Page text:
impartial (adj.)

    "not partial, not favoring one over another," 1590s, from assimilated form of in- (1) "not, opposite of" + partial. First recorded use is in "Richard II." Related: Impartially.ETD impartial (adj.).2

    impasse (n.)

    1763, "blind alley, dead end," from French impasse "impassable road; blind alley; impasse" (18c.), from assimilated form of in- "not, opposite of" (see in- (1)) + passe "a passing," from passer "to pass" (see pass (v.)). Figurative use (c. 1840) is perhaps from its use in whist. Supposedly coined by Voltaire as a euphemism for cul de sac.ETD impasse (n.).2

    impassible (adj.)

    "incapable of feeling pain, exempt from suffering," mid-14c., from Old French impassible (13c.) or directly from Church Latin impassibilis "incapable of passion," from assimilated form of in- "not, opposite of" (see in- (1)) + passibilis "capable of passion, feeling, or suffering, from passio "suffering" (see passion). Meaning "emotionless" is from 1590s. Related: Impassibility.ETD impassible (adj.).2

    impassivity (n.)

    1789, from impassive + -ity. Earlier in the same sense was impassiveness (1640s).ETD impassivity (n.).2

    impassive (adj.)

    1660s, "not feeling pain, insen" from assimilated form of in- "not, opposite of" (see in- (1)) + passive. Meaning "void of emotions, unmoved" is from 1690s. Related: Impassively; impassiveness (1640s).ETD impassive (adj.).2

    impassion (v.)

    1590s, "inflame with passion," from Italian impassionare "to fill with passion," from assimilated form of in- "in, into" (from PIE root *en "in") + passione "passion," from Latin passionem (see passion). Related: Impassioned; impassionable. Formerly also empassion.ETD impassion (v.).2

    impassable (adj.)

    "that cannot be passed or passed over," 1560s, from assimilated form of in- (1) "not, opposite of" + passable. Related: Impassability.ETD impassable (adj.).2

    impassioned (adj.)

    "expressive of strong feeling, filled with passion," c. 1600, past-participle adjective from impassion.ETD impassioned (adj.).2

    impassionate (adj.)

    "free from passion, dispassionate," 1620s, from in- (1) "not" + passionate. Related: Impassionately. From 1590s as "strongly affected, stirred by passion," from Italian impassionato, past participle of impassionare (see impassion).ETD impassionate (adj.).2

    impasto (n.)

    "laying on of colors thickly and boldly," 1784, from Italian impasto, noun of action from impastare "to raise paste; to put in paste," from assimilated form of in- "into, in" (from PIE root *en "in") + pasta "paste" (see pasta). Nativized form impaste is attested from 1540s as "enclose in paste," 1727 in reference to painting. Related: Impastoed; impastation.ETD impasto (n.).2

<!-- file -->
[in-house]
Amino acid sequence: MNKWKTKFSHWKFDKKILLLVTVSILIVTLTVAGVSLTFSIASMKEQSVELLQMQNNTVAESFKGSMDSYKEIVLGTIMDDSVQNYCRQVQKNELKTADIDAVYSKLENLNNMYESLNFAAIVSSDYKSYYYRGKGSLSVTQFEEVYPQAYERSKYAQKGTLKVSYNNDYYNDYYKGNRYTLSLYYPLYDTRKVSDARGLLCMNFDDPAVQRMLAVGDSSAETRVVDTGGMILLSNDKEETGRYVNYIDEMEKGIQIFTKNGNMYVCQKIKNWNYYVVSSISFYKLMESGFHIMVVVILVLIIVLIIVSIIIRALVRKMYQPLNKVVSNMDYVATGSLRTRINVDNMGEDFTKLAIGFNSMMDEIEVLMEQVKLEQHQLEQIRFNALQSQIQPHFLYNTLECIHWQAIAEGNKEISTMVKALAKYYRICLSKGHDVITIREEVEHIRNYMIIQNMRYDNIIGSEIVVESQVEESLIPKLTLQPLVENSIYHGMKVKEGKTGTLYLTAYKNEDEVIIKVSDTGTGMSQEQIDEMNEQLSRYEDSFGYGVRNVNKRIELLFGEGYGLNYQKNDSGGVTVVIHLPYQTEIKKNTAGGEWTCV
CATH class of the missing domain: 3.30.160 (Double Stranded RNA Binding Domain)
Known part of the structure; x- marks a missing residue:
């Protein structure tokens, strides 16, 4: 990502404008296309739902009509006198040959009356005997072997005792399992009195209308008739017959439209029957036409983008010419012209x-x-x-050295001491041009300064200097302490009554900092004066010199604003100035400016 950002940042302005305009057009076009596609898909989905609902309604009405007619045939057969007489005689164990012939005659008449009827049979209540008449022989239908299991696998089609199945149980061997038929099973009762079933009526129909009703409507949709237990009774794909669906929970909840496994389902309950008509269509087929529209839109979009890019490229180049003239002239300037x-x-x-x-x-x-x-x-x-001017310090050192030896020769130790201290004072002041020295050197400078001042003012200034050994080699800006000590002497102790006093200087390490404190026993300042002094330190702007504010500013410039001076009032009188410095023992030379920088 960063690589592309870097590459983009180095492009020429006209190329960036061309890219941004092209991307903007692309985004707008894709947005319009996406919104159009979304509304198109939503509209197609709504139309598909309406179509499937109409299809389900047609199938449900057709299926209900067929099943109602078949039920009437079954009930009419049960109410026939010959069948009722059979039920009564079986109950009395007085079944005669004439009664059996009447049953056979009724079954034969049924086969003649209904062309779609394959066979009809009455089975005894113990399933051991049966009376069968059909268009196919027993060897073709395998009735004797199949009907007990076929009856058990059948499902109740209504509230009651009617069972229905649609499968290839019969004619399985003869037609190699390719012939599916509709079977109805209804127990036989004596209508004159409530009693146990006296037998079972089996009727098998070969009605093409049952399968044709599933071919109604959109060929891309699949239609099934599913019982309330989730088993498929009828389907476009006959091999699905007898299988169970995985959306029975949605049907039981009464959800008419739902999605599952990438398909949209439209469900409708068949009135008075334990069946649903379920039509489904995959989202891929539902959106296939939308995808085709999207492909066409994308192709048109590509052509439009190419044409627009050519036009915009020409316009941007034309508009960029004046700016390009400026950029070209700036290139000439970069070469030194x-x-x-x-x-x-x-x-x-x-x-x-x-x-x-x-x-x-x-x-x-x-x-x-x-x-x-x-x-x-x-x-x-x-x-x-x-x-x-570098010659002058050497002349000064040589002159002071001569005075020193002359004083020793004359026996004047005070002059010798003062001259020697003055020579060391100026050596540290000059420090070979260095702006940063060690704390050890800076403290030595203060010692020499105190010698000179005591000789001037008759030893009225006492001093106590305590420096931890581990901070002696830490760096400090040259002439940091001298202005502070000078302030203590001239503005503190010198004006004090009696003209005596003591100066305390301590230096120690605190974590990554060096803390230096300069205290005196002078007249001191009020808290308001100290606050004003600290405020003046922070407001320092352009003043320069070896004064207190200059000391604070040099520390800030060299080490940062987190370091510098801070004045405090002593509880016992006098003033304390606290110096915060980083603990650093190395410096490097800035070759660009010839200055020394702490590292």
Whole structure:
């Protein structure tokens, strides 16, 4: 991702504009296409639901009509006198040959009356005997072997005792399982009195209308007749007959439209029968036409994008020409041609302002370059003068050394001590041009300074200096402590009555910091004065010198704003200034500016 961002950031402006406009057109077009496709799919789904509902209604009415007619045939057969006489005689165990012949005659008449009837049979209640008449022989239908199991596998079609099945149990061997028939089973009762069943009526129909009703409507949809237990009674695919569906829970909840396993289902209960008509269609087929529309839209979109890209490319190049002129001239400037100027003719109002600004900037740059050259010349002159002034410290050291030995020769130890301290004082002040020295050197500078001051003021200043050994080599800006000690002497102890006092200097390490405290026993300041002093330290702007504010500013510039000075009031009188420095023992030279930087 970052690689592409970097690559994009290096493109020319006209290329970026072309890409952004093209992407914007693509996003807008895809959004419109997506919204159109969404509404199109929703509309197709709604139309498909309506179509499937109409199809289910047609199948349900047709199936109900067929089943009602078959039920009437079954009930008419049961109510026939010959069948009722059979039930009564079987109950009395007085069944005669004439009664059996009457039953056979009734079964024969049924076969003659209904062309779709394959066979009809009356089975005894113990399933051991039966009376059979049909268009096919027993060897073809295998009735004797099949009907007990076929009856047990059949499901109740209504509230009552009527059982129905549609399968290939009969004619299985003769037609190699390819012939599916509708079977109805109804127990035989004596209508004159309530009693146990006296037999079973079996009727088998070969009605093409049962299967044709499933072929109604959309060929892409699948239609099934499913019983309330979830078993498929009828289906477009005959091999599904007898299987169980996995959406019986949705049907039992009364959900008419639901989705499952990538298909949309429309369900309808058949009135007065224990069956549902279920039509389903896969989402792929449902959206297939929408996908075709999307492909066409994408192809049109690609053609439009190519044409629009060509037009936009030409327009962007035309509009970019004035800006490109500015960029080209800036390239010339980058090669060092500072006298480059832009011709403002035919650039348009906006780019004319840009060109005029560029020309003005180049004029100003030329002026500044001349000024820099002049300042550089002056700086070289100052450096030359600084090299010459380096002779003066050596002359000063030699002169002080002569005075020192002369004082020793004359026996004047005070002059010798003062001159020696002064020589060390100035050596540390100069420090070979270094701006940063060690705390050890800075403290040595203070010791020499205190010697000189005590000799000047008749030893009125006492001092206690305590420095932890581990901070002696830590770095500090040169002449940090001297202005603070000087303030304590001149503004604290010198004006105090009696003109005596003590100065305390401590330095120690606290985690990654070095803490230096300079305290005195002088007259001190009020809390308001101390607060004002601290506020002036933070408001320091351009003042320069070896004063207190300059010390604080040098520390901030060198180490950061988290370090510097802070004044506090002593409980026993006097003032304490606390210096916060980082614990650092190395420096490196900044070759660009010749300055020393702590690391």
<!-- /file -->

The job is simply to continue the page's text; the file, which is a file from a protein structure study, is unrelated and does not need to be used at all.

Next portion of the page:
impatient (adj.)

    late 14c., from Old French impacient "impatient" (Modern French impatient), from Latin impatientem (nominative impatiens) "that cannot bear, intolerant, impatient," from assimilated form of in- "not, opposite of" (see in- (1)) + patiens "bearing, enduring" (see patience). Related: Impatiently.ETD impatient (adj.).2

    impatience (n.)

    "restlessness under existing conditions," c. 1200, from Old French impacience "impatience" (12c., Modern French impatience) and directly from Latin impatientia "impatience; weakness," from impatiens "intolerant, impatient" (see impatient).ETD impatience (n.).2

    impatiens (n.)

    type of flowering plant, from Latin impatiens "impatient" (see impatient). So called in reference to the valves of the seed pods, which discharge forcibly at a slight touch.ETD impatiens (n.).2

    impeachment (n.)

    late 14c., enpechement "accusation, charge," from Old French empeechement "difficulty, hindrance; (legal) impeachment," from empeechier "to hinder, impede" (see impeach). As a judicial proceeding on charges of maladministration against a public official, from 1640s.ETD impeachment (n.).2

    impeach (v.)

    formerly also empeach, late 14c., empechen, "to impede, hinder, prevent;" early 15c., "cause to be stuck, run (a ship) aground," also "prevent (from doing something)," from Anglo-French empecher, Old French empeechier "to hinder, stop, impede; capture, trap, ensnare" (12c., Modern French empêcher), from Late Latin impedicare "to fetter, catch, entangle," from assimilated form of in- "into, in" (from PIE root *en "in") + Latin pedica "a shackle, fetter," from pes (genitive pedis) "foot" (from PIE root *ped- "foot").ETD impeach (v.).2

    In law, at first in a broad sense, "to accuse, bring charges against" from late 14c.; more specifically, of the king or the House of Commons, "to bring formal accusation of treason or other high crime against (someone)" from mid-15c. The sense of "accuse a public officer of misconduct" had emerged from this by 1560s. The sense shift is perhaps via Medieval Latin confusion of impedicare with Latin impetere "attack, accuse" (see impetus), which is from the Latin verb petere "aim for, rush at" (from PIE root *pet- "to rush, to fly").ETD impeach (v.).3

    The Middle English verb apechen, probably from an Anglo-French variant of the source of impeach, was used from early 14c. in the sense "to accuse (someone), to charge (someone with an offense)." Related: Impeached; impeaching.ETD impeach (v.).4